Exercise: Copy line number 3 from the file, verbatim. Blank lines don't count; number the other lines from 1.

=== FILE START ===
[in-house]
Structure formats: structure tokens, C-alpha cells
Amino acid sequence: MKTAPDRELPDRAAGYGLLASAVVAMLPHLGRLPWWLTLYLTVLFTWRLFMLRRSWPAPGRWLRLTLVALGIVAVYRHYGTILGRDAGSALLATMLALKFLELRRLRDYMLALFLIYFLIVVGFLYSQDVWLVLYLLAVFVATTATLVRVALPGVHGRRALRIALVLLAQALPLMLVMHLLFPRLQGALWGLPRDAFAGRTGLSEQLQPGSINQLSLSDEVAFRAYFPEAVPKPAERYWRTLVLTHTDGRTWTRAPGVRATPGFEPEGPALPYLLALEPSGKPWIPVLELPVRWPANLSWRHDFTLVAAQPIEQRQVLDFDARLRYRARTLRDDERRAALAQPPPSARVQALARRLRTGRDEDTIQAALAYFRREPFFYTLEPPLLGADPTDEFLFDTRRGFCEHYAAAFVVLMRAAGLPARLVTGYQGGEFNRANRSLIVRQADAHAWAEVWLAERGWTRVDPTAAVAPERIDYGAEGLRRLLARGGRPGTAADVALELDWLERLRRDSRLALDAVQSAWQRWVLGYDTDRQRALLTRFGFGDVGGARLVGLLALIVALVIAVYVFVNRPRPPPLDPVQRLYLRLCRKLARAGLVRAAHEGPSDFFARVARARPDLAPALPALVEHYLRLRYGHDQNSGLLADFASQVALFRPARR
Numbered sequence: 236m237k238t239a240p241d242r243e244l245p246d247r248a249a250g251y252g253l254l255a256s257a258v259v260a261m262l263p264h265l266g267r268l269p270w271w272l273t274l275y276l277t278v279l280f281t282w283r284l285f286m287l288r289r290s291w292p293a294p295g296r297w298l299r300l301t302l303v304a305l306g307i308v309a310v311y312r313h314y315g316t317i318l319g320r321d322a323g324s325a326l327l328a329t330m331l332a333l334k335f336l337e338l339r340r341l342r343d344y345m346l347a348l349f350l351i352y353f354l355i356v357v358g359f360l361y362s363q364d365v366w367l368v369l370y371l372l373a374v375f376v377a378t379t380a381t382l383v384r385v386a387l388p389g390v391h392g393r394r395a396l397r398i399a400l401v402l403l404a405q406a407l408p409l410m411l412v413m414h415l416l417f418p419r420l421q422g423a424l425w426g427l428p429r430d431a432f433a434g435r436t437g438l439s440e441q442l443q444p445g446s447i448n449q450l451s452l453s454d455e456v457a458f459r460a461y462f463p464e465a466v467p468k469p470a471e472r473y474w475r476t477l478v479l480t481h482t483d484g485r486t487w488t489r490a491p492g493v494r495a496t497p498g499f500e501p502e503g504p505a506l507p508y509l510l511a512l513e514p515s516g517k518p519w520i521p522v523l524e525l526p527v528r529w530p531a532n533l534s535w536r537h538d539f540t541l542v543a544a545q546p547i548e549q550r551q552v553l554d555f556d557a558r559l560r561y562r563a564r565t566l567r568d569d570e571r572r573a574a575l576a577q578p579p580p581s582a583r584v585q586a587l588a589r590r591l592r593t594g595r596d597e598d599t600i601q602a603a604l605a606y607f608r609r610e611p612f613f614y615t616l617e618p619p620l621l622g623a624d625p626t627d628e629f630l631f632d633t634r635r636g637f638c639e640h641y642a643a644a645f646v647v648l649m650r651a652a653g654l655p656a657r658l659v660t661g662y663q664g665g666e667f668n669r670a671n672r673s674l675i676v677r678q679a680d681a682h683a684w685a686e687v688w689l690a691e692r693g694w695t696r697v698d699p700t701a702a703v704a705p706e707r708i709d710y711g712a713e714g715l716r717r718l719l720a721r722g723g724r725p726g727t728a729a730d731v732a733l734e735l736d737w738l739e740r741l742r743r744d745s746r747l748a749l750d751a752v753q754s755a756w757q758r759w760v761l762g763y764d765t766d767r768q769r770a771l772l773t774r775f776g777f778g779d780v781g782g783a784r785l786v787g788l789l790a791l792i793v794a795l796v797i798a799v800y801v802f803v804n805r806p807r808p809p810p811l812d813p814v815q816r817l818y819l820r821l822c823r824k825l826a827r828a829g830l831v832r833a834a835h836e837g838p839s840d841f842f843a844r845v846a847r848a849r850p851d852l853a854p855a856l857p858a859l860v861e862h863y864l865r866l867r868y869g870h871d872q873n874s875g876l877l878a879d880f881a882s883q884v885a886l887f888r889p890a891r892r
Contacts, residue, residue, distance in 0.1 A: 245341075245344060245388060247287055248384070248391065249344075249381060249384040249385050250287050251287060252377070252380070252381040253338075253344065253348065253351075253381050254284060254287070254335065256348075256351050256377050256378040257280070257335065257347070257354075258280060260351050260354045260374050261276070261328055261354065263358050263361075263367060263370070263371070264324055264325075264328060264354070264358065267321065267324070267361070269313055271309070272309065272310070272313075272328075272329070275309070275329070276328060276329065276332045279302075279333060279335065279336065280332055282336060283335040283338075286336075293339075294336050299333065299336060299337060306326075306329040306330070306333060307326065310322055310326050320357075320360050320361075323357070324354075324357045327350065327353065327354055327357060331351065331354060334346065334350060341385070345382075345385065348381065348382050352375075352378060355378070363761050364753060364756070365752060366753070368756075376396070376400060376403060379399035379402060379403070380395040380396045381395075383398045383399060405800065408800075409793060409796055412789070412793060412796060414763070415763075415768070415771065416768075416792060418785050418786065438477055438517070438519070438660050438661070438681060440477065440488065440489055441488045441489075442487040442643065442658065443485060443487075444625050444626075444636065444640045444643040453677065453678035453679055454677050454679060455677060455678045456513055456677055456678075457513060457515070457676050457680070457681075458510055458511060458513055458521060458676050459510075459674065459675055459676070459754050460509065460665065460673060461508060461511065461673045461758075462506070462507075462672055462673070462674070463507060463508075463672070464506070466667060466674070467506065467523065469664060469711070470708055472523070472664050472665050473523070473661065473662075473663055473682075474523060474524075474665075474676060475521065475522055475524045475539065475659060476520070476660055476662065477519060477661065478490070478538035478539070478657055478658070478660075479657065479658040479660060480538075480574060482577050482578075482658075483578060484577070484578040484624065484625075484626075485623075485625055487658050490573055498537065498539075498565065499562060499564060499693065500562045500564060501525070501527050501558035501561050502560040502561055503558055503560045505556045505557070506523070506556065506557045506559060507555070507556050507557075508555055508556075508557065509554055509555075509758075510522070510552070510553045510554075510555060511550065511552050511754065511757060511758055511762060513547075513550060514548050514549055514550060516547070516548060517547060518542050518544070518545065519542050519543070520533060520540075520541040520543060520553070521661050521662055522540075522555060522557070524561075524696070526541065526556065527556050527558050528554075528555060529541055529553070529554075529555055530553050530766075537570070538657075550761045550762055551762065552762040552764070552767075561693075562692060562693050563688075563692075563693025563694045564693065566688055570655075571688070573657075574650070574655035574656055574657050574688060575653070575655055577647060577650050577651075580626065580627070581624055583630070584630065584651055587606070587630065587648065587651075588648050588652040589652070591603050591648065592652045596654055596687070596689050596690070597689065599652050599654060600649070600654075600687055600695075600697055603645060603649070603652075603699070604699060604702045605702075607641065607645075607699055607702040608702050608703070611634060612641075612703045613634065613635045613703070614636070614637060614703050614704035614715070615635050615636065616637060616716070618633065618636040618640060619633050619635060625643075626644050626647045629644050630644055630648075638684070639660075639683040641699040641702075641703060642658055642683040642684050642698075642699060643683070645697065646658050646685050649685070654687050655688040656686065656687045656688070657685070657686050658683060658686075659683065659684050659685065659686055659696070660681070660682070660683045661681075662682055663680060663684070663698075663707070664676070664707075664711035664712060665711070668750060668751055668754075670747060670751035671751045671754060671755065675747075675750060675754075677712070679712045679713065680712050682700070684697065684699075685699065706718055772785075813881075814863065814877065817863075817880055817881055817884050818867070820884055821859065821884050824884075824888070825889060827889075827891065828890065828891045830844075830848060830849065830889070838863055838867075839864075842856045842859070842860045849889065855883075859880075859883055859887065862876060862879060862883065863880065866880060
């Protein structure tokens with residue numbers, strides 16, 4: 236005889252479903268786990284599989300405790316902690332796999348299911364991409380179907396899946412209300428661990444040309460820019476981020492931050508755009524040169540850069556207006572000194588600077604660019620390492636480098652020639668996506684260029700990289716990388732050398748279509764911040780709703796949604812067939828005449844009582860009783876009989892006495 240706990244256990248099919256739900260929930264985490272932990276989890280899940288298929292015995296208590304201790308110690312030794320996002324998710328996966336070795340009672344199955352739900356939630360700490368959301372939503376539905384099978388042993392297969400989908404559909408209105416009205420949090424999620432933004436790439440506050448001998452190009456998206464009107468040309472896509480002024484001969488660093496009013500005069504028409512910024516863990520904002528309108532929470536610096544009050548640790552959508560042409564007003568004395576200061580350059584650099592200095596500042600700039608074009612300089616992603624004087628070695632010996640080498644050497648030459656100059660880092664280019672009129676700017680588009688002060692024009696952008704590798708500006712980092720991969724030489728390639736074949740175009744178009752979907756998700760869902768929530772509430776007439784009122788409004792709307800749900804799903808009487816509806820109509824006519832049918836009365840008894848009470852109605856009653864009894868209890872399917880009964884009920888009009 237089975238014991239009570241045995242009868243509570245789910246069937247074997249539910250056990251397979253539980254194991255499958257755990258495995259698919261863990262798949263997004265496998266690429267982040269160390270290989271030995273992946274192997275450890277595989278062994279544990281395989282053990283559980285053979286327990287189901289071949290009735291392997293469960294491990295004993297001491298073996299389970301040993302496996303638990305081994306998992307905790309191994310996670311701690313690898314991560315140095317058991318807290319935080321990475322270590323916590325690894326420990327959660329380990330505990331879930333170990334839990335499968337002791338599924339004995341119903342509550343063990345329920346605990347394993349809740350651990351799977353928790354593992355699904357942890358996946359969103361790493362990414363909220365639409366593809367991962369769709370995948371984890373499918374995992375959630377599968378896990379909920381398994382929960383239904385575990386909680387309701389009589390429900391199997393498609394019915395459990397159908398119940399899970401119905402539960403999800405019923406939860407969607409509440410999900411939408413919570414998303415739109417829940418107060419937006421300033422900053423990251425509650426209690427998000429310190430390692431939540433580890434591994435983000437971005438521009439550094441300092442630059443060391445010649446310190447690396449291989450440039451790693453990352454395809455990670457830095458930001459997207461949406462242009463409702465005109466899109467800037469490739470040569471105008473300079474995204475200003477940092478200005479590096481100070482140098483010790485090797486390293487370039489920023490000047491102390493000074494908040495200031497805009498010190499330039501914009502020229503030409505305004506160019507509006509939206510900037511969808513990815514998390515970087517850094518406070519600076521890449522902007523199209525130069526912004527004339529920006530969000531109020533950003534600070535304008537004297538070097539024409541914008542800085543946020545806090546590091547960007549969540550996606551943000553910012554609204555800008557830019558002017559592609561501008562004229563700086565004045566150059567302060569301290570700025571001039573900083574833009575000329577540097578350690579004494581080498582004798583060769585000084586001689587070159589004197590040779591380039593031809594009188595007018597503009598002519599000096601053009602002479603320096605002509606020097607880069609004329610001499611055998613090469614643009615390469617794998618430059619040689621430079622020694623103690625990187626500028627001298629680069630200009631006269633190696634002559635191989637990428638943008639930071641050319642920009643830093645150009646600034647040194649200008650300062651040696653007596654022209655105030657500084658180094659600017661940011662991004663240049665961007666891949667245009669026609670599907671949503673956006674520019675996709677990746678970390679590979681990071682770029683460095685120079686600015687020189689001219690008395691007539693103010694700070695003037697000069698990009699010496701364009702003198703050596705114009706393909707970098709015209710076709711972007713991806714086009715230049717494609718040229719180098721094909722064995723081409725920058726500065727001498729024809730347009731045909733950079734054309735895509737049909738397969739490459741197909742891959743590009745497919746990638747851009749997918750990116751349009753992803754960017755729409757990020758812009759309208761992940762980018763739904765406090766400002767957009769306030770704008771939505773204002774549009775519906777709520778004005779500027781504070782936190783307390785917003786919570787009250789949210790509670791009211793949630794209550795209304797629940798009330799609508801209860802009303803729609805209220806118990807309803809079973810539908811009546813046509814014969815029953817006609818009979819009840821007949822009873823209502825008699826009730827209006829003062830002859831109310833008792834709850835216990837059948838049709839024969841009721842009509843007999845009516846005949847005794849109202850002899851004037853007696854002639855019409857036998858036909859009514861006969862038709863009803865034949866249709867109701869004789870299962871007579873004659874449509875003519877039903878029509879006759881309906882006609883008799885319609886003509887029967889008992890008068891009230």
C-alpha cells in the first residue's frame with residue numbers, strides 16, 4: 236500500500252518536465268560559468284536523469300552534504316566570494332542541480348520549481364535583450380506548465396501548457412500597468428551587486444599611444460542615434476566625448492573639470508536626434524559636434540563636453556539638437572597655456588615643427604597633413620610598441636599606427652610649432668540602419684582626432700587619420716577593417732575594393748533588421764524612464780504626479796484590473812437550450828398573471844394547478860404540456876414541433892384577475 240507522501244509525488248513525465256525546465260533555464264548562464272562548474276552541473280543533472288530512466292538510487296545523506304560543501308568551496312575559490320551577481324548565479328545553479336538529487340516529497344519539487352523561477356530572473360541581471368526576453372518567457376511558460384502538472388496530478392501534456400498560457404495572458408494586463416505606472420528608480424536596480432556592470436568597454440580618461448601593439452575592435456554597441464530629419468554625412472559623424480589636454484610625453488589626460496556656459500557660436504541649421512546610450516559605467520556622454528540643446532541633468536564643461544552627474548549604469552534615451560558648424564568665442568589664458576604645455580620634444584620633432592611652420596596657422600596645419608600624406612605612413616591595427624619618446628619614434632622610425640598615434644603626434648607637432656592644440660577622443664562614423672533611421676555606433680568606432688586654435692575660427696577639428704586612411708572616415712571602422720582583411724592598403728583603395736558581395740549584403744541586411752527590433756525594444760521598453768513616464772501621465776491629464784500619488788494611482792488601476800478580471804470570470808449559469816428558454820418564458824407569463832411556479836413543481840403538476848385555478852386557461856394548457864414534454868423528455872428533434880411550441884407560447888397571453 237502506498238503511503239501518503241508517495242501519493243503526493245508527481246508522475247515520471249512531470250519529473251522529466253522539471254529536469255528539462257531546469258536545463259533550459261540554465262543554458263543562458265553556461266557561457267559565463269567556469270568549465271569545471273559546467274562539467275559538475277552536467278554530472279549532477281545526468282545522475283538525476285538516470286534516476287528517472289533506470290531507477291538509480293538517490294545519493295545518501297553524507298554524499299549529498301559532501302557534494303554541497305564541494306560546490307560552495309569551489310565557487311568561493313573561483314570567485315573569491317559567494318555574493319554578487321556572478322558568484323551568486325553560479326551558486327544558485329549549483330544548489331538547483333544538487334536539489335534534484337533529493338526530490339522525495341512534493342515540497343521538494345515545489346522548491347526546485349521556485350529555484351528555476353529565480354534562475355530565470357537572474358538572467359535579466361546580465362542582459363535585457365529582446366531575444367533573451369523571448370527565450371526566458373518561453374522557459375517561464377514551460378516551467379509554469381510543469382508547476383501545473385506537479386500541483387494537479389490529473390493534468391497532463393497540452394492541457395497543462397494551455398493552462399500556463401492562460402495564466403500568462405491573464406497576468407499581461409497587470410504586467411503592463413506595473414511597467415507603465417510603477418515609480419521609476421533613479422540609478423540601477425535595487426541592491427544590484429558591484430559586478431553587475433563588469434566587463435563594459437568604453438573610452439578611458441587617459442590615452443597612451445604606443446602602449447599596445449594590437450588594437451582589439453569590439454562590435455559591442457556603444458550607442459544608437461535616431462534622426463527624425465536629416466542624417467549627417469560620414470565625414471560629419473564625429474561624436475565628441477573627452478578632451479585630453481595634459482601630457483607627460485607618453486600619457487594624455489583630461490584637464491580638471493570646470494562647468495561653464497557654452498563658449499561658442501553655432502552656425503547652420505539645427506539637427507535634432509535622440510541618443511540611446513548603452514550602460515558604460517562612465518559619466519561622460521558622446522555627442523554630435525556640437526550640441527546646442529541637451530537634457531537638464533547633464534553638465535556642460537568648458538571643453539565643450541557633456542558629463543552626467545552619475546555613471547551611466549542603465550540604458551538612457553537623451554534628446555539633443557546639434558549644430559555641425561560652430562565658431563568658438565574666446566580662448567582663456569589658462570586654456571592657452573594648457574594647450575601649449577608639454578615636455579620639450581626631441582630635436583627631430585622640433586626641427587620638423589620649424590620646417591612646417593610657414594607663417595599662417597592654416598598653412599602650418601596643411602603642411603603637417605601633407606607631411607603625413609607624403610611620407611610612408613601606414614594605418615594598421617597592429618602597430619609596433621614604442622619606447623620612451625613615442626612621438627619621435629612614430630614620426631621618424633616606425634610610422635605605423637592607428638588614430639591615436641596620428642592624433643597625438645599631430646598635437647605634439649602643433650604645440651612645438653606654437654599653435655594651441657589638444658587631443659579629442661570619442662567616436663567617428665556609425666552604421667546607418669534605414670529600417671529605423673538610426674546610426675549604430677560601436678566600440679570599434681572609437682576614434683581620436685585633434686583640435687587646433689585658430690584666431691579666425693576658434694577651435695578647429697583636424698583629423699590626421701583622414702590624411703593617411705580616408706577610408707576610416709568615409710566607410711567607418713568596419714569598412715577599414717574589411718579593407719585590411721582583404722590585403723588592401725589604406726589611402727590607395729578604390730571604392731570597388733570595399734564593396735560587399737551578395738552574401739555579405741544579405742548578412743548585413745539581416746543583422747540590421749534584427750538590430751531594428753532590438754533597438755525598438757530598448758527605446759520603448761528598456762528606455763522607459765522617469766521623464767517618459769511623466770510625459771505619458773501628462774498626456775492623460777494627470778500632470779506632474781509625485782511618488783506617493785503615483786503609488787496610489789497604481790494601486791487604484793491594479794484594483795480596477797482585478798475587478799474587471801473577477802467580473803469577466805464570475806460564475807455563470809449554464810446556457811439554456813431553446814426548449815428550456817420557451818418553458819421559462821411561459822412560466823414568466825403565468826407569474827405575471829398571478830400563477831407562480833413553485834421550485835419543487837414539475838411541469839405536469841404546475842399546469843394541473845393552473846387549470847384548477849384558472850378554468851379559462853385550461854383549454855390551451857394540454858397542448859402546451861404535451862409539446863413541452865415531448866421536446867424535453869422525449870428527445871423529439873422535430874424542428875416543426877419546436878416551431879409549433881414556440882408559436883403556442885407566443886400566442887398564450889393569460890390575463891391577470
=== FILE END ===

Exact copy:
Amino acid sequence: MKTAPDRELPDRAAGYGLLASAVVAMLPHLGRLPWWLTLYLTVLFTWRLFMLRRSWPAPGRWLRLTLVALGIVAVYRHYGTILGRDAGSALLATMLALKFLELRRLRDYMLALFLIYFLIVVGFLYSQDVWLVLYLLAVFVATTATLVRVALPGVHGRRALRIALVLLAQALPLMLVMHLLFPRLQGALWGLPRDAFAGRTGLSEQLQPGSINQLSLSDEVAFRAYFPEAVPKPAERYWRTLVLTHTDGRTWTRAPGVRATPGFEPEGPALPYLLALEPSGKPWIPVLELPVRWPANLSWRHDFTLVAAQPIEQRQVLDFDARLRYRARTLRDDERRAALAQPPPSARVQALARRLRTGRDEDTIQAALAYFRREPFFYTLEPPLLGADPTDEFLFDTRRGFCEHYAAAFVVLMRAAGLPARLVTGYQGGEFNRANRSLIVRQADAHAWAEVWLAERGWTRVDPTAAVAPERIDYGAEGLRRLLARGGRPGTAADVALELDWLERLRRDSRLALDAVQSAWQRWVLGYDTDRQRALLTRFGFGDVGGARLVGLLALIVALVIAVYVFVNRPRPPPLDPVQRLYLRLCRKLARAGLVRAAHEGPSDFFARVARARPDLAPALPALVEHYLRLRYGHDQNSGLLADFASQVALFRPARR